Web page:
With an “overwhelming” volume of autism research being produced, a federal advisory panel says that significant strides are being made in understanding the disorder, but serious gaps persist.

In a report released this week, the Interagency Autism Coordinating Committee — a federal advisory panel comprised of government officials and members of the autism community — outlined progress made in the last two years. Specifically, the group highlighted new autism prevalence numbers, better information about co-occurring conditions like gastrointestinal issues and sleep problems as well as evidence that brain changes accompany behavioral improvements as some of the most remarkable advances.

“It is clear… that recent investments in ASD research and increasing coordination in the community are paying off,” said Thomas Insel, director of the National Institute of Mental Health and chair of the IACC, in a statement. “The volume of research is almost overwhelming, and new insights into areas such as brain circuitry, behavioral neuroscience, intervention approaches, genetics, immunology, environmental risk factors and services needs are creating opportunities to really change outcomes.”

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However, the IACC acknowledged that it has not done enough to address autism services and indicated that the group is looking to increase its focus on that issue this year.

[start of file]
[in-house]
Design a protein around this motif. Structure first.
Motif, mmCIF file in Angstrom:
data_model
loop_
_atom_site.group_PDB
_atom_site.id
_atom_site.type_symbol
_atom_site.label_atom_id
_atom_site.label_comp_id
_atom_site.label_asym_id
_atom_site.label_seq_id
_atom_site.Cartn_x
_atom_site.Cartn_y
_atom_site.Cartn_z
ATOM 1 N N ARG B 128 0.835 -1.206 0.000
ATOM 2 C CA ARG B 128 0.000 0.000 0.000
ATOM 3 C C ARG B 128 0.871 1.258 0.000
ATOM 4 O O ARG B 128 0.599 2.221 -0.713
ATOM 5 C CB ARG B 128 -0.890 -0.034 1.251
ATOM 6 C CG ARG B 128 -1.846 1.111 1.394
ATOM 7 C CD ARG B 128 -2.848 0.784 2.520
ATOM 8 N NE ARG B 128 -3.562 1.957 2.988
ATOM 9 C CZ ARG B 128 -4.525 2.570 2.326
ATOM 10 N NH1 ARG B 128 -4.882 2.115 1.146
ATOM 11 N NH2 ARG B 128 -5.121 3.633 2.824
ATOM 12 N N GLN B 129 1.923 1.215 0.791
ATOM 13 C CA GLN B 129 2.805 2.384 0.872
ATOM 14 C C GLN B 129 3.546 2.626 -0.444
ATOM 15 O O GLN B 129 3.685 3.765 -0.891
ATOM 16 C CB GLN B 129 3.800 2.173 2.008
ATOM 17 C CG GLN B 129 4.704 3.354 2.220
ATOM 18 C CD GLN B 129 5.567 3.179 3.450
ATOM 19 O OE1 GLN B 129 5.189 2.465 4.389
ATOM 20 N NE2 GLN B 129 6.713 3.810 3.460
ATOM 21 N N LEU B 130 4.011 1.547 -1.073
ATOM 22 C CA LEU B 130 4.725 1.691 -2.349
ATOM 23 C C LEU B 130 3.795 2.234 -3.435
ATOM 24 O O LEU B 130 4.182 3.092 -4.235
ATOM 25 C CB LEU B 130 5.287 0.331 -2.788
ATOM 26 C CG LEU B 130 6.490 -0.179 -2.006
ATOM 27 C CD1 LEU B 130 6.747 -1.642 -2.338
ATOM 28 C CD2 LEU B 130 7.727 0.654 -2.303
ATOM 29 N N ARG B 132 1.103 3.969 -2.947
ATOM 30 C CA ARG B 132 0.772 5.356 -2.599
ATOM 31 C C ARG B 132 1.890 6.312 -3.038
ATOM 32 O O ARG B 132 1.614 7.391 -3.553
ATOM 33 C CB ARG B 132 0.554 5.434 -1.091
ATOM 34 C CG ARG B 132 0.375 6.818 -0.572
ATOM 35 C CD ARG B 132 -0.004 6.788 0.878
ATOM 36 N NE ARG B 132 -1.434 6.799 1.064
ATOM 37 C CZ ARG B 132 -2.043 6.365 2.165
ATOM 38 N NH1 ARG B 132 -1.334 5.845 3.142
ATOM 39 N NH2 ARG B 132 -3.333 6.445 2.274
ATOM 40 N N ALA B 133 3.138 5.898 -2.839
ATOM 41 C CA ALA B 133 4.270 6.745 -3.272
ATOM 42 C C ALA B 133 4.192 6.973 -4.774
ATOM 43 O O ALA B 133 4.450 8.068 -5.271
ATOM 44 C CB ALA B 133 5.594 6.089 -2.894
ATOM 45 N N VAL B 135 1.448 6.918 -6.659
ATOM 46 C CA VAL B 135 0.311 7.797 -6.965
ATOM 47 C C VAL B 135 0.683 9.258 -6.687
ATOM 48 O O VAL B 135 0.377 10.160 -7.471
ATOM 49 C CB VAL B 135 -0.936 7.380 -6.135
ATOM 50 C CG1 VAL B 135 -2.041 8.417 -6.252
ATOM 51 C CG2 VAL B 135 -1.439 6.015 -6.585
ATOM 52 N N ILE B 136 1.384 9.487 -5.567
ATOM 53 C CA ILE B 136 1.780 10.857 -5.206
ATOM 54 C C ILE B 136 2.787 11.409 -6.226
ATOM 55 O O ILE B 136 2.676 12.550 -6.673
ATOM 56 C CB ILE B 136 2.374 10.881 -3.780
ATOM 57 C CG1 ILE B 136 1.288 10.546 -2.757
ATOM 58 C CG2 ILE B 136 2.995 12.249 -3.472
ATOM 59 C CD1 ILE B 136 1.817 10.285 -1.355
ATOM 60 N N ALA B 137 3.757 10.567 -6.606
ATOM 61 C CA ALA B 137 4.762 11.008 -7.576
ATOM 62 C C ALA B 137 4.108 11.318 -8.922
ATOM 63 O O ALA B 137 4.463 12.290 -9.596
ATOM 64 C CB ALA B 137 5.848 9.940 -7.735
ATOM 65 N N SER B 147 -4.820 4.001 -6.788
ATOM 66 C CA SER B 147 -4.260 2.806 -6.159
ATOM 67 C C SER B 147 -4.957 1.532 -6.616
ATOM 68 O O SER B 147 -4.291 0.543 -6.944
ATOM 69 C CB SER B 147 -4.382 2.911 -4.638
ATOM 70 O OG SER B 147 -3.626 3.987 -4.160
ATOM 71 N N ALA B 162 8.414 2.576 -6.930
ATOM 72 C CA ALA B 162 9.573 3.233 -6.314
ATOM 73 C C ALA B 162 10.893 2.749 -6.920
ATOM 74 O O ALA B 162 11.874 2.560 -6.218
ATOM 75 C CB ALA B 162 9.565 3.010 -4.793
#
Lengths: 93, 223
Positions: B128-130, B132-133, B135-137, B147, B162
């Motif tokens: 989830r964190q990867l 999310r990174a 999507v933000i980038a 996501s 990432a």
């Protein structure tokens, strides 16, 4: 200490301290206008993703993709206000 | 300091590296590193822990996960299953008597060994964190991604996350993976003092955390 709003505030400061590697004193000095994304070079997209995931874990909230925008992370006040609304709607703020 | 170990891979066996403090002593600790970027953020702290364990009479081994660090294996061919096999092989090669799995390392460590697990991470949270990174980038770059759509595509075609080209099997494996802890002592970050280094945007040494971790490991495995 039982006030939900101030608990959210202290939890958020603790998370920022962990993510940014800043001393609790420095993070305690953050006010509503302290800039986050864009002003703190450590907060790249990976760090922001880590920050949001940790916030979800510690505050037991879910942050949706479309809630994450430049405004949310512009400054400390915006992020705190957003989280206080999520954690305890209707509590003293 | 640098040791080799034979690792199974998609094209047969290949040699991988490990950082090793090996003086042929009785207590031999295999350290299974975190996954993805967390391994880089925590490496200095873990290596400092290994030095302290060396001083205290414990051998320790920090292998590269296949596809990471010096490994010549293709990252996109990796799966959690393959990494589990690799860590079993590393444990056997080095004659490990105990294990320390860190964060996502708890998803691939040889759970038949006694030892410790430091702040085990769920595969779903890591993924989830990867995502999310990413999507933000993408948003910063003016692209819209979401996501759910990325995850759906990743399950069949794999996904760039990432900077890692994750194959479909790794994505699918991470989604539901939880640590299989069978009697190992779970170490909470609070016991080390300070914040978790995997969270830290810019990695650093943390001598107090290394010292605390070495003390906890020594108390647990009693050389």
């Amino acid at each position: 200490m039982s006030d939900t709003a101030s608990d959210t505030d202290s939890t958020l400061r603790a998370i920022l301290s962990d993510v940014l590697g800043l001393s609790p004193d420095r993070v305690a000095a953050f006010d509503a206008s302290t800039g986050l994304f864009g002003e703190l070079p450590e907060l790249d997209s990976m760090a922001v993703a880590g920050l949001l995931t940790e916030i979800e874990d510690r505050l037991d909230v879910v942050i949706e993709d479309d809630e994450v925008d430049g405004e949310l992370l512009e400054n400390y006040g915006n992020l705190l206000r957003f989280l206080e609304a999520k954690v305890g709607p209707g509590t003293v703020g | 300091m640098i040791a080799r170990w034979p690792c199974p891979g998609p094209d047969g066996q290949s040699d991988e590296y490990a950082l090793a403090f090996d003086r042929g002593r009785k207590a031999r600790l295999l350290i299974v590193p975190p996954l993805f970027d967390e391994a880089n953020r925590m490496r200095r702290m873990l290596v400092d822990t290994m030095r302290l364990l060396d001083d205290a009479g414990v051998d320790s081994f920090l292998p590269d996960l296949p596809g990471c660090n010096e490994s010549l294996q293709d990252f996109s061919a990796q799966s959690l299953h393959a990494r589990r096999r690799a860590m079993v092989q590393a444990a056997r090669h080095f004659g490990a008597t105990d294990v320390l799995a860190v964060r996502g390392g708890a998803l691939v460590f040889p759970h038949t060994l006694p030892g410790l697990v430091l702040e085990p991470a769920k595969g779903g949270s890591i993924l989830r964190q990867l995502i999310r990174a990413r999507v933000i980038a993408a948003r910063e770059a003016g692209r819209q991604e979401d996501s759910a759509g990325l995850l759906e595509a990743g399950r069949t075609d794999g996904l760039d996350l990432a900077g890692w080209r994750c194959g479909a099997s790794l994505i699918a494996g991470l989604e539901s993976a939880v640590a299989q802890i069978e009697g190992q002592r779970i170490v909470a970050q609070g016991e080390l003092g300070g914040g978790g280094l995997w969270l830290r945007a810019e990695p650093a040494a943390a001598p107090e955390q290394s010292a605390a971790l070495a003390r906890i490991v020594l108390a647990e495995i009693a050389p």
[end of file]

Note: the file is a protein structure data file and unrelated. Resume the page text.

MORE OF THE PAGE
The report is the latest annual update to the IACC’s Strategic Plan for Autism Spectrum Disorders Research, which serves as a blueprint for federal priorities in addressing the developmental disorder. The panel focused on progress in seven areas — screening and diagnosis, the underlying biology of autism, risk factors, treatments and interventions, services, lifespan issues and surveillance and infrastructure.

During the two-year period, the IACC said that there were over 1,000 research papers published related to autism genetics or imaging. That’s more than three times the amount produced a decade prior.

Despite the progress noted, however, the panel indicated that much work remains. Far too little is known about autism in adults, the role that environmental factors play in development of the condition and what the impact will be of new criteria for autism in the forthcoming fifth edition of the Diagnostic and Statistical Manual of Mental Disorders, among other issues.